In some pieces of software, translating texts can be a tedious task of associating texts for cryptic symbols, editing scripts by hand... This is not the case here! We're using the state-of-the-art gettext translation system, as well as the Poedit graphical interface.
Let's begin with something small, to understand the translation system :)
Here's the result with the Polish, Macedonian and French translations:
The general principle is to translate a set of texts or strings. The set of strings makes a catalog. The catalog is a .po file, which is then opened by DFArc to translate the interface. This way the strings are separate from the program itself.
Even more interesting: you can automatically extract strings from the DFArc source code, and also merge them in an existing translation, only updating what changed since the previous release.
For example, let's begin a new catalog for Italian. Here's the main window, MS Windows and GNU/Linux versions:
First, install Poedit on your system: http://www.poedit.net/download.php.
Note: I'm going to use the GNU/Linux English version in the screenshots, but it is identical on other platforms and languages.
Now you select File > New catalog from POT file...
POT means PO Template: it contains the DFArc strings without translations yet. Download and open dfarc.pot.
You then specify what language you're going to translate (leave out the other fields for now):
Then save your catalog, preferably using its language code. See the gettext documentation for a list of codes.
You then can edit the catalog.
%s and other %XXX are standard marks that are
replaced by filenames or numbers by DFArc. You need to copy them
unmodified in your translation (technical note: they
printf formats from the C programming language).
Here's my up-to-date French catalog:
When you press Save, Poedit will create a .mo file, which is the .po converted to binary format (more efficient), in the same directory. That's what you'll give DFArc.
Under GNU/Linux: place your xx.mo file
replacing xx by your language code.
Under MS Windows: place your xx.mo file
replacing xx by your language code, in the same directory
than DFArc. For example, my French (fr) catalog is in
Note: the current language is automatically detected, using your
operating system. GNU/Linux users may type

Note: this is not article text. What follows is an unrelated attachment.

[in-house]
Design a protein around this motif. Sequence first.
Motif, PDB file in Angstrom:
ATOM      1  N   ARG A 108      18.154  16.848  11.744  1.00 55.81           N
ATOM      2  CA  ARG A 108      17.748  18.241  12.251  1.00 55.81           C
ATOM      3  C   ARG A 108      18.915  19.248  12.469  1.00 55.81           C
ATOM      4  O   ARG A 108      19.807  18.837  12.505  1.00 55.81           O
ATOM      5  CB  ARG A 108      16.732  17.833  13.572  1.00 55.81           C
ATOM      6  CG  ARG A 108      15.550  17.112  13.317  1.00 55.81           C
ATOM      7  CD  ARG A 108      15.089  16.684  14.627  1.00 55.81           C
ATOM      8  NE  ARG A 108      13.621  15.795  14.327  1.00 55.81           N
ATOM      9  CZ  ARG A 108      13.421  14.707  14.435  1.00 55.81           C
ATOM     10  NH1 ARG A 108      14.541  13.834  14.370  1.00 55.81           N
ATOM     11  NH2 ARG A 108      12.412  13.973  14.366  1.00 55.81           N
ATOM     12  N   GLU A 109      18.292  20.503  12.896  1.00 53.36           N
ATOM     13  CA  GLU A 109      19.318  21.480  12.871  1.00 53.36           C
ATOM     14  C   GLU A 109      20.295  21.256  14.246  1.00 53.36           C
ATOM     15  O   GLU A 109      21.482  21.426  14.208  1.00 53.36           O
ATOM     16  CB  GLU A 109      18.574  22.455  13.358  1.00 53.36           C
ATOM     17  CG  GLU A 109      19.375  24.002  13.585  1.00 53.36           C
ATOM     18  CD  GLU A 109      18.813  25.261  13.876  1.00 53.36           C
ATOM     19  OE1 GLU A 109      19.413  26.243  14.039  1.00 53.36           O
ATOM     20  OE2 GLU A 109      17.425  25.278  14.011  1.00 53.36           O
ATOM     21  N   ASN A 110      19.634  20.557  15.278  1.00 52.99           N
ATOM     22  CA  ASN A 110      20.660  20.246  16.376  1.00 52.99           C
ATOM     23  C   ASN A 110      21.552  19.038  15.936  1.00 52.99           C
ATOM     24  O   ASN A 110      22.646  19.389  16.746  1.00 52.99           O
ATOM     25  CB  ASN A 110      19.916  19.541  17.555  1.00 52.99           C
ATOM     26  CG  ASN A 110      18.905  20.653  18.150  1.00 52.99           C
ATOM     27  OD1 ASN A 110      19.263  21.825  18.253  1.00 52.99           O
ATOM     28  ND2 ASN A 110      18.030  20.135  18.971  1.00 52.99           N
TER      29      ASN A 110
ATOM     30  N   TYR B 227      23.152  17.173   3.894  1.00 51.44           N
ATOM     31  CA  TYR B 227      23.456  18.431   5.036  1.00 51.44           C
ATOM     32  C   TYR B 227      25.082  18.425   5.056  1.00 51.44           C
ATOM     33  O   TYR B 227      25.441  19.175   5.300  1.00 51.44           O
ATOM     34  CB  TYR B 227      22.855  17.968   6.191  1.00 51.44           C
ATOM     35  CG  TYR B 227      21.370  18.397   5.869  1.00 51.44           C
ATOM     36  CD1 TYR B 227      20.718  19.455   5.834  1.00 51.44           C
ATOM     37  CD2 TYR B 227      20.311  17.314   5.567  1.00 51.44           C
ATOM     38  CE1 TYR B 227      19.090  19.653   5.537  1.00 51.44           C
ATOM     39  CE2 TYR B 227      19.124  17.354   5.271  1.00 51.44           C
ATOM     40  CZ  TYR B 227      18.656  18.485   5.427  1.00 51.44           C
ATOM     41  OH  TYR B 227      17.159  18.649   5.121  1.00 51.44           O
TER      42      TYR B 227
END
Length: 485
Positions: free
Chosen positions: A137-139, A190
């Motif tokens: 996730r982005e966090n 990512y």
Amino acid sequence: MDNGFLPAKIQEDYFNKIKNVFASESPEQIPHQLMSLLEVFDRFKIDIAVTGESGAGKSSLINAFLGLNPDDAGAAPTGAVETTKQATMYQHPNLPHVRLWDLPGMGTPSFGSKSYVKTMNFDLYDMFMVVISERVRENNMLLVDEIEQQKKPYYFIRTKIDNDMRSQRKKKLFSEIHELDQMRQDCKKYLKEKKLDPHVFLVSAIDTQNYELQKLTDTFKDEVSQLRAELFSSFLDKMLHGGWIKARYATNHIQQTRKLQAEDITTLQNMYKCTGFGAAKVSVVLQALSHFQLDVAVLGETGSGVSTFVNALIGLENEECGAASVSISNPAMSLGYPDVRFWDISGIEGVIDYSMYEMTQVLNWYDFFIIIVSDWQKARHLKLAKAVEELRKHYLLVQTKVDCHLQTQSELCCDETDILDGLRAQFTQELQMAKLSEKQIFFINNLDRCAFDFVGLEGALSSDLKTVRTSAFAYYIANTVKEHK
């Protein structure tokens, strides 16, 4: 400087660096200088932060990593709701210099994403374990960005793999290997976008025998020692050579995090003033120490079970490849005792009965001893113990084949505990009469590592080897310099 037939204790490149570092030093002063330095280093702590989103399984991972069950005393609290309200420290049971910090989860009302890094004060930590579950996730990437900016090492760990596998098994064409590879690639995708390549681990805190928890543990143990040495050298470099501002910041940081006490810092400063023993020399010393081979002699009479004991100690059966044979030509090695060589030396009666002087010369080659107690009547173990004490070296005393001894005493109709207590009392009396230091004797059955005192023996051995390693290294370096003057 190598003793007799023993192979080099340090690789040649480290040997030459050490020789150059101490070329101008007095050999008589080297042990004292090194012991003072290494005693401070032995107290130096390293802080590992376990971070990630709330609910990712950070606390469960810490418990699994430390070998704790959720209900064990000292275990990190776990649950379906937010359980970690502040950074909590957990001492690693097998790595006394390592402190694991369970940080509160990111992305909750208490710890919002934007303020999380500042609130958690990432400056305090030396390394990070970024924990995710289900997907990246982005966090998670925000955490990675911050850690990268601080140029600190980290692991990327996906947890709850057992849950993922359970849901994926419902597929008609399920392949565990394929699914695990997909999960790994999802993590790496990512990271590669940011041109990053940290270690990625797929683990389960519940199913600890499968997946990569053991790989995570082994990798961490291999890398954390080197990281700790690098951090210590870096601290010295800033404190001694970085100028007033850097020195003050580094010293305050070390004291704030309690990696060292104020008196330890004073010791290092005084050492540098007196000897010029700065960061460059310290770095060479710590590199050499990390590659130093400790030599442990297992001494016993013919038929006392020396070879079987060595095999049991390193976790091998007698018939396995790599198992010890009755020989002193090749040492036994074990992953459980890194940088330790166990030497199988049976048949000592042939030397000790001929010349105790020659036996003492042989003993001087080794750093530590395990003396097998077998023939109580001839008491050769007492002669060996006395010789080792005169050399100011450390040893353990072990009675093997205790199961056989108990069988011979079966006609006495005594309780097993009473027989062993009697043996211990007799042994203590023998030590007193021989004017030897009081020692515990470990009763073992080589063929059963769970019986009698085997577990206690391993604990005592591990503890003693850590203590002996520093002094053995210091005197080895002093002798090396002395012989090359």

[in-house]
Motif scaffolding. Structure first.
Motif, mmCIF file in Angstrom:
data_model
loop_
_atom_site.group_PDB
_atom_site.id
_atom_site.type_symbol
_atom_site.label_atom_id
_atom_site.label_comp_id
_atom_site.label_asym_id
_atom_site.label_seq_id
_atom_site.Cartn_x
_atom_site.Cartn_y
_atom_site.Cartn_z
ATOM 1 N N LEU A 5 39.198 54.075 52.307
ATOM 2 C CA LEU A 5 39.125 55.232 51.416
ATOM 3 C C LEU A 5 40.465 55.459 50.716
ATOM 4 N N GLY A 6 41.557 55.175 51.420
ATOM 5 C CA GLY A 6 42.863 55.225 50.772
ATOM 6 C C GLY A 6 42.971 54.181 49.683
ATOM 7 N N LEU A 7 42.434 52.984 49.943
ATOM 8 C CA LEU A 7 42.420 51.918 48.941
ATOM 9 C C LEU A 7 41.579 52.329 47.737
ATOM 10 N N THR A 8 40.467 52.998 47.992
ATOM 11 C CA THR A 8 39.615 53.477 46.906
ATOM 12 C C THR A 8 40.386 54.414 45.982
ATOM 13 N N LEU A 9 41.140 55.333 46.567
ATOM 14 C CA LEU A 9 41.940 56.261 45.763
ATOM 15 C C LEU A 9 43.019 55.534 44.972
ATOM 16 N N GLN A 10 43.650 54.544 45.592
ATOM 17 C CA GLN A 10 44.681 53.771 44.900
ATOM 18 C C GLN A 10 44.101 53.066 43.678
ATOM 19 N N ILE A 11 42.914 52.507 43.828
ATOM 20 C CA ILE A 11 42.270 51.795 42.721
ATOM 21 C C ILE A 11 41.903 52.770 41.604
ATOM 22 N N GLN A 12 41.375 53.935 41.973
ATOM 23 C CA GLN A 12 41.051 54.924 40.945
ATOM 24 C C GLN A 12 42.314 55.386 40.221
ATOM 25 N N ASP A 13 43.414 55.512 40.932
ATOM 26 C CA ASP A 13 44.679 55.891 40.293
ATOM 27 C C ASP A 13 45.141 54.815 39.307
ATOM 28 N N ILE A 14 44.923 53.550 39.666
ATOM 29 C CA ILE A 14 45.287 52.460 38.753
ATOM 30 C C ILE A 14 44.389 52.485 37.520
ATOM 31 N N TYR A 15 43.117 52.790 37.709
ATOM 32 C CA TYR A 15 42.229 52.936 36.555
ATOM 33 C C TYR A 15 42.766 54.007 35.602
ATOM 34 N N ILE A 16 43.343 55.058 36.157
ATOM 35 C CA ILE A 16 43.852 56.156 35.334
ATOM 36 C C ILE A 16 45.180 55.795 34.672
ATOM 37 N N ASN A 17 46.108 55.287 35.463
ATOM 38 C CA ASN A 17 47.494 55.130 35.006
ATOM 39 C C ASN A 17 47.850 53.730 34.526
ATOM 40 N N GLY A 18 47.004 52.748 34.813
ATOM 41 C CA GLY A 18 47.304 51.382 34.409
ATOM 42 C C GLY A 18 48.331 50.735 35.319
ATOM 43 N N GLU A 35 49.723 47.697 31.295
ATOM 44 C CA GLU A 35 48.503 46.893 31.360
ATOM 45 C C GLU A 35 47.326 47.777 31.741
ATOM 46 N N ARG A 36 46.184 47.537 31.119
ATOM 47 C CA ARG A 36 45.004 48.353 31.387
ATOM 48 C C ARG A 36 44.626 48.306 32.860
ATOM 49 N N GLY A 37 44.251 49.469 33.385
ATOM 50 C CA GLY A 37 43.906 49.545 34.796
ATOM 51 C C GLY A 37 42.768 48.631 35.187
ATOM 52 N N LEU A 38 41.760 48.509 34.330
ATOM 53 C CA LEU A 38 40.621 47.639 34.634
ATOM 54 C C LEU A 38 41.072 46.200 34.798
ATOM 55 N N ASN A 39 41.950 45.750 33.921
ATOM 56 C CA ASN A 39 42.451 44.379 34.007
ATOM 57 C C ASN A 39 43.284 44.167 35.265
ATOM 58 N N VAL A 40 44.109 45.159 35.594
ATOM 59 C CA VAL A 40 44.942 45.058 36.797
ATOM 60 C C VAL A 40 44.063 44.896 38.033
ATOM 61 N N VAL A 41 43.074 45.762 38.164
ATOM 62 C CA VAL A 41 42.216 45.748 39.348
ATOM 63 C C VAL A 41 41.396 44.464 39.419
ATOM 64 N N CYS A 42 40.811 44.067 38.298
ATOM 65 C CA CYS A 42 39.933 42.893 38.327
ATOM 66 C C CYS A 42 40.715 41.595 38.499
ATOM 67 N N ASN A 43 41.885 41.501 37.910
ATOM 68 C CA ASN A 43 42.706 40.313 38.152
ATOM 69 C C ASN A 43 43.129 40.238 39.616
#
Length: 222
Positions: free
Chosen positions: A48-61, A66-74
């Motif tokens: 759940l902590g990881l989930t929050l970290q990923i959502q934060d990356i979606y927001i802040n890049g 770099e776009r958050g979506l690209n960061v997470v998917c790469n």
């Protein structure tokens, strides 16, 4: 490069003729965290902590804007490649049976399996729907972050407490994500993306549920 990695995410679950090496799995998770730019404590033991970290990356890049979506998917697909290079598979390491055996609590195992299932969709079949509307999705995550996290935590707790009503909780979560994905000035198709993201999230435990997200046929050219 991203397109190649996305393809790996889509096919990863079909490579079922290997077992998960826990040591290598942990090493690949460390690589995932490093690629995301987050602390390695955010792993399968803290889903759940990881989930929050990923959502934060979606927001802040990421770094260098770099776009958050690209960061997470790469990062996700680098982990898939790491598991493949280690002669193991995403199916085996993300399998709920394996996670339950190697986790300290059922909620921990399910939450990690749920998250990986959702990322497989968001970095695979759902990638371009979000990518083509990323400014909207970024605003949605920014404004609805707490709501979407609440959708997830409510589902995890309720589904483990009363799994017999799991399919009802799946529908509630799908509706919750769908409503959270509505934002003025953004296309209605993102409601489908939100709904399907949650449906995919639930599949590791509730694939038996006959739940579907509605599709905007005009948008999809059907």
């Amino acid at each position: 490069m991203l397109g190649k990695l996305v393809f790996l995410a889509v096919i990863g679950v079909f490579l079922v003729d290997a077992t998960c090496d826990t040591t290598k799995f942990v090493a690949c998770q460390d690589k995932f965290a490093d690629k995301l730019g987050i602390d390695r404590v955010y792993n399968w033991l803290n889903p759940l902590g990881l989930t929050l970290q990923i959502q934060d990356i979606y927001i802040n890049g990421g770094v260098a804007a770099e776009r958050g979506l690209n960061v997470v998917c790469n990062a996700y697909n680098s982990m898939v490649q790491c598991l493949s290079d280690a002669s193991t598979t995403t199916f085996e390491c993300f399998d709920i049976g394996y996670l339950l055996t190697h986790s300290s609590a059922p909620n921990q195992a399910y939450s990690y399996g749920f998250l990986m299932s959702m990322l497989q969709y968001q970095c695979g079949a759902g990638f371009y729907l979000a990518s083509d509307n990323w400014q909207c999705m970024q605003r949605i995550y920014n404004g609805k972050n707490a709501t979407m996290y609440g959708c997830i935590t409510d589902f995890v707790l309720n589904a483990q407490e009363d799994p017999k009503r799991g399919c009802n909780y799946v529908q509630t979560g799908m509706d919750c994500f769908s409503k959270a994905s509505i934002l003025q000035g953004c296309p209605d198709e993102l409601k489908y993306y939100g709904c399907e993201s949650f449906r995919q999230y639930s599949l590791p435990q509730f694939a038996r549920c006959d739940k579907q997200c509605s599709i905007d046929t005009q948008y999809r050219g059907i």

dfarc to use a particular language once.
Note that this only works with the new DFArc v3 (DFArc2 doesn't use gettext). Download the current version here for MS Windows (other versions).
That's it for today! Now you know the basics for translating DFArc. There is more to try, including merging a newer POT file with your translations, browsing the source code to see a string in context (for better understanding), update fuzzy (slightly changed) translations, plural forms... More later!
FreeDink works in collaboration with the Translation Project (dfarc page).
We'll include your translation in the next release :)
With the FreeDink game engine, you can translate the game using the same PO translation system.
It is bigger: DFArc contains around 130 strings, the game story has around 2200. However, the game story is mostly dialogs, which is faster to translate. Count between 10 and 15 hours to translate the whole game.
The game story consists of about 380 script files:
See http://translationproject.org/domain/dink.html for the .pot template file (click on "The current template for this domain is dink-something.pot".
Install FreeDink, and place your translations in
dink/l10n/xx/LC_MESSAGES/dink.mo. The engine
will automatically translate the game! The game is already translated
in French, Dutch, German, Danish,
are in progress.
It's also planned to allow language-specific files in
The system can be used for D-Mods too. See for example island-fr.po, a French version of Mystery Island.
(defun po-ispell-next () "Search the next entry to check" (po-find-span-of-entry) (let ((here (point))) (goto-char po-end-of-entry) (if (re-search-forward po-any-msgstr-block-regexp nil t) (progn (goto-char (match-beginning 0)) (po-current-entry) t) nil))) (defun po-ispell () "Check the spelling of the po file" (interactive) (save-excursion (save-restriction (let ((buffer-read-only po-read-only)) (po-first-entry) (while (po-ispell-next) (po-find-span-of-entry) (ispell-region (+ po-start-of-msgstr-block 6) po-end-of-entry))))))(updated from this post)
pospell -n filename.po -p ispell -- %f